It’s a magnificent album. These guys play with high skill and all the fire and rhythmic energy of the village musicians they’ve learned from. Prusinowski describes his damascene moment. “In an Andrzej Bienkowski film I heard the Józef Kedzierski band. It was a revelation: the authenticity, intensity and ease that I had been looking for throughout the world existed right here, beside me, in my own language”.
     What’s probably that same film, of Kedzierski in 1986, can be seen on YouTube via ethnographer, photographer and painter Bienkowski’s website, www.andrzejbienkowski.blox.pl.
     In his note to the Prusinowski album, Bienkowski writes, “No other dance aroused such euphoria in dancers and got musicians into such a trance”. Like Swedish polska there too, then. And, like polskas, mazureks are played differently in each village. But mazureks have short songs that go with them, and Bienkowski reckons that the variation of these songs because of local dialect and personal expression is reflected in the variations in mazurek melodies. The rhythm, though, is all-important, and in sung mazureks it’s connected with rhythmic rural work as much as with dance. On the CD too there’s singing, from Prusinowski and two female traditional singers, Maria Pezik and Maria Siwiec.
     Far, as Bienkowski points out, from the elegant, waltz-like mazurkas known to the world through Chopin and others, this is music to ignite a new mazurka craze, as polska in Sweden became an obsessive heart to the traditional music revival. It could certainly send a thrill through the ranks of Swedish fiddlers, and lead to Mazovia mazureks creeping into the spelmansstämma buskspel sessions.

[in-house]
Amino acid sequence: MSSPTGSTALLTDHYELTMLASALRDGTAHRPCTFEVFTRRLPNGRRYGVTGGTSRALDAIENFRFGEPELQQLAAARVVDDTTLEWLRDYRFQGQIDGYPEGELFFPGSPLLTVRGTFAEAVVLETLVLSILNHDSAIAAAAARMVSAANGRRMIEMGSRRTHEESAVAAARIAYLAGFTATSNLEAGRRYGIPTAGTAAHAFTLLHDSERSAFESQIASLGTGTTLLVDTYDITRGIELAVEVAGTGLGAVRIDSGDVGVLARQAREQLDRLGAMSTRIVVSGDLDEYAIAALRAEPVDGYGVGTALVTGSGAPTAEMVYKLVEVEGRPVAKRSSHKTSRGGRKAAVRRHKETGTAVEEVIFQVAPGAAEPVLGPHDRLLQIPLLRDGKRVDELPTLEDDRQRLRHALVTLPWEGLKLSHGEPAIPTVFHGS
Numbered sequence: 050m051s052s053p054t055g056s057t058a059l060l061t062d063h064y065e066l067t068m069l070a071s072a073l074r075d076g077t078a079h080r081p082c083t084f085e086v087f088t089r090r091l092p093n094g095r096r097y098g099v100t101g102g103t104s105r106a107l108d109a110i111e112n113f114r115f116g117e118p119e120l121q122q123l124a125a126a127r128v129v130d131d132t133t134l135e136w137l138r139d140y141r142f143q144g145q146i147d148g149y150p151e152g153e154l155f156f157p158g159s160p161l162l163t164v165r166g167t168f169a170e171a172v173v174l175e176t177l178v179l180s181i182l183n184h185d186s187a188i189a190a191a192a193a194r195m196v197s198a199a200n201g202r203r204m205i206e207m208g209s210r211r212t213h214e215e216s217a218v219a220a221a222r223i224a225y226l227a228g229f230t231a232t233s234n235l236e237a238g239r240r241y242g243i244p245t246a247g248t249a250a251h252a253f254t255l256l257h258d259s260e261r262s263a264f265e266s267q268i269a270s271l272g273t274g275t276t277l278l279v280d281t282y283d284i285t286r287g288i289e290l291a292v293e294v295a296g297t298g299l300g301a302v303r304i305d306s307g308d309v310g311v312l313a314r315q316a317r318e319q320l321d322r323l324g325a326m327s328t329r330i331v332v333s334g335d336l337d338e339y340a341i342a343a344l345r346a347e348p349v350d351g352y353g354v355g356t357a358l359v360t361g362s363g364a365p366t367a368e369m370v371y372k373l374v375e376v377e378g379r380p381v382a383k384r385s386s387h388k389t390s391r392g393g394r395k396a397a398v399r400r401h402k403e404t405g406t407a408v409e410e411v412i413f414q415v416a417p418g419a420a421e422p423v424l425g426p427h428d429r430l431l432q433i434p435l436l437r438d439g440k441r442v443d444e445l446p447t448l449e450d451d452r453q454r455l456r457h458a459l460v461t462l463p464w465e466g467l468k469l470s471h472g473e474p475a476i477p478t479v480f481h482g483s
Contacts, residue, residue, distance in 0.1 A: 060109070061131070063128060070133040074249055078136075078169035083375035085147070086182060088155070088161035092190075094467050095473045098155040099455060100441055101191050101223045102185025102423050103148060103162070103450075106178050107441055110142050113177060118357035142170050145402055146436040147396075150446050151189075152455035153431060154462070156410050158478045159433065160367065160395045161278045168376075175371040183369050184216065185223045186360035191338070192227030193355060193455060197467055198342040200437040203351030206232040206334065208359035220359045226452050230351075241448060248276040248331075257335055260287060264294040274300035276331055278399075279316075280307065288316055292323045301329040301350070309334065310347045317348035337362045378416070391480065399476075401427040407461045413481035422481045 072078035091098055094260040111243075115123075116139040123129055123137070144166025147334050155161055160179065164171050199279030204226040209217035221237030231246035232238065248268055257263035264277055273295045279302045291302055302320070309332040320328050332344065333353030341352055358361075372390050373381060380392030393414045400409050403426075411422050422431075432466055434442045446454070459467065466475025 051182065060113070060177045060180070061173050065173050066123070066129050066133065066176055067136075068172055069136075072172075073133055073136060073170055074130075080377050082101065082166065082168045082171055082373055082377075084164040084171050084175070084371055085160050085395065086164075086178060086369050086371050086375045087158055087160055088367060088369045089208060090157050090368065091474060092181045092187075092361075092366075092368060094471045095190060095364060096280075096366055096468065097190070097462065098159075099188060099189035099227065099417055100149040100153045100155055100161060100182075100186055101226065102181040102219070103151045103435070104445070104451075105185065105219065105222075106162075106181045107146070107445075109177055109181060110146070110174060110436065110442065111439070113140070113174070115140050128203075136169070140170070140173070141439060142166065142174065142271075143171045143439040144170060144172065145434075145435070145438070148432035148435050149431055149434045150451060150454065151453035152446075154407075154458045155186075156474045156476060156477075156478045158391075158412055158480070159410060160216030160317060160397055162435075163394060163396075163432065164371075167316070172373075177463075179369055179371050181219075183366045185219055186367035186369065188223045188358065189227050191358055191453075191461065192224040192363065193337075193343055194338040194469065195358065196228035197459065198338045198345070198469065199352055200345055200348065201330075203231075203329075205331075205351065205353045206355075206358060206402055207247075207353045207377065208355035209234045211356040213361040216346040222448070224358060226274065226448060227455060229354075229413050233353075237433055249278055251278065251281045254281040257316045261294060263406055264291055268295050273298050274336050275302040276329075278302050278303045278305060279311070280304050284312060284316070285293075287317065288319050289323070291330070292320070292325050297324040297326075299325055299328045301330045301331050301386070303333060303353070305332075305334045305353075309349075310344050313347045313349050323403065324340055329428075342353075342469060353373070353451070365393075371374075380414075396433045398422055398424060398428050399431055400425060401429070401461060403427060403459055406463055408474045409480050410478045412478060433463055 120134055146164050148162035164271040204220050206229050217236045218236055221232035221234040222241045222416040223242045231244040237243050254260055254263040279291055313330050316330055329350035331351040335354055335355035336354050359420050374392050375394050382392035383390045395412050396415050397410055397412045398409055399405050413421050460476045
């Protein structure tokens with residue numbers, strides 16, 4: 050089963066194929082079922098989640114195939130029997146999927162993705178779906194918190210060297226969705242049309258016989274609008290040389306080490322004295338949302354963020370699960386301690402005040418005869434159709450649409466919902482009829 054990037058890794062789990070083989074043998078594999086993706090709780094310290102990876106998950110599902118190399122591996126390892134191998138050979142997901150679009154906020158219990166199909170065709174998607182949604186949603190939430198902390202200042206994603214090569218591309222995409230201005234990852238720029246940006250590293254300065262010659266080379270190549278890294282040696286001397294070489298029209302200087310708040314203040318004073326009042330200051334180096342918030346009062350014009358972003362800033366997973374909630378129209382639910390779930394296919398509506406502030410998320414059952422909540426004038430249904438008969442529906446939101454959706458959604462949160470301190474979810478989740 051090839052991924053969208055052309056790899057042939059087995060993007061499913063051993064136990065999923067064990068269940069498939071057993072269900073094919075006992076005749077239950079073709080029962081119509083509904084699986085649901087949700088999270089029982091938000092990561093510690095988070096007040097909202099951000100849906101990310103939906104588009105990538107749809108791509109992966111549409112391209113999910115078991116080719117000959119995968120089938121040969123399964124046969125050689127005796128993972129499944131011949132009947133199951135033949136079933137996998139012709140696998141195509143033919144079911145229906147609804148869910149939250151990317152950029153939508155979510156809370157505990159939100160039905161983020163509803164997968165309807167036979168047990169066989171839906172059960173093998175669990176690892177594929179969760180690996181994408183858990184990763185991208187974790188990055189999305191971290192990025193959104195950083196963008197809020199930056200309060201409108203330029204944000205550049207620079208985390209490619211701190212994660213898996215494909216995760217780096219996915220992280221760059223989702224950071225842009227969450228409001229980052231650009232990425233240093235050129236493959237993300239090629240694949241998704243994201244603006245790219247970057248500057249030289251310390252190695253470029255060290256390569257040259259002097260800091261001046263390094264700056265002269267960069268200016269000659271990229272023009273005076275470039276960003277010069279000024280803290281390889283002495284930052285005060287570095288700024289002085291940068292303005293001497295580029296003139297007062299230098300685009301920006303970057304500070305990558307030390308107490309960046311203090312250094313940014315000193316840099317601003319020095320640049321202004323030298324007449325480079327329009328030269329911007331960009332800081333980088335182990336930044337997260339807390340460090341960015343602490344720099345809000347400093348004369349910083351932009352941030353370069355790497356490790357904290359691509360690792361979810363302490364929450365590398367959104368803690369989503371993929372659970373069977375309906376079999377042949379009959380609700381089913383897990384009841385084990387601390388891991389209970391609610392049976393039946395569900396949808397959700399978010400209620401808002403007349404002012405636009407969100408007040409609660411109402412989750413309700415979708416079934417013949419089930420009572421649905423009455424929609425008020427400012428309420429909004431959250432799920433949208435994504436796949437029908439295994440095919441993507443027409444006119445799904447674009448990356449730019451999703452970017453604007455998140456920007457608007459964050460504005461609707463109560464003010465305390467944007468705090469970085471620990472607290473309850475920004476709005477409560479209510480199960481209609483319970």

(And, food for the body as well as the mind, there’s unusual added value in the CD pack: multilingual recipe cards for the cream-toffee-topped Easter cake also known as mazurek). - fRoots issue 309, 2009


""Mazurki" and "Serce" review by Eelco Schilder"


The Janusz Prusinowski trio is originally a trio (now a quartet) from Poland grouped around singer, accordionist, dulcimer and harmonium player Janusz Prusinowski. Together with flute and clarinetist Michal Zak and percussionist Piotr Piszczatowski they recorded their first album in 2008 called Mazurki. Together with two female guest vocalists and (at that moment guest bass player) Piotr Zgorzelski (on the new album he is part of the quartet and not a guest any more) they play fourteen wonderful compositions with the Mazurek as a kind of returning theme.
This debut album shows furious dances together with beautiful songs like Chlopolek and the nice female singing in Nie bylo I ni ma. The compositions have something typically Polish, but an international sound as well. Fantastically played, superb dulcimer, wild violin, strong percussions and both dreamy and hysterical flutes. It happened to me before, a Polish band that takes me by surprise with the high quality music and creative, enthusiastic way of playing.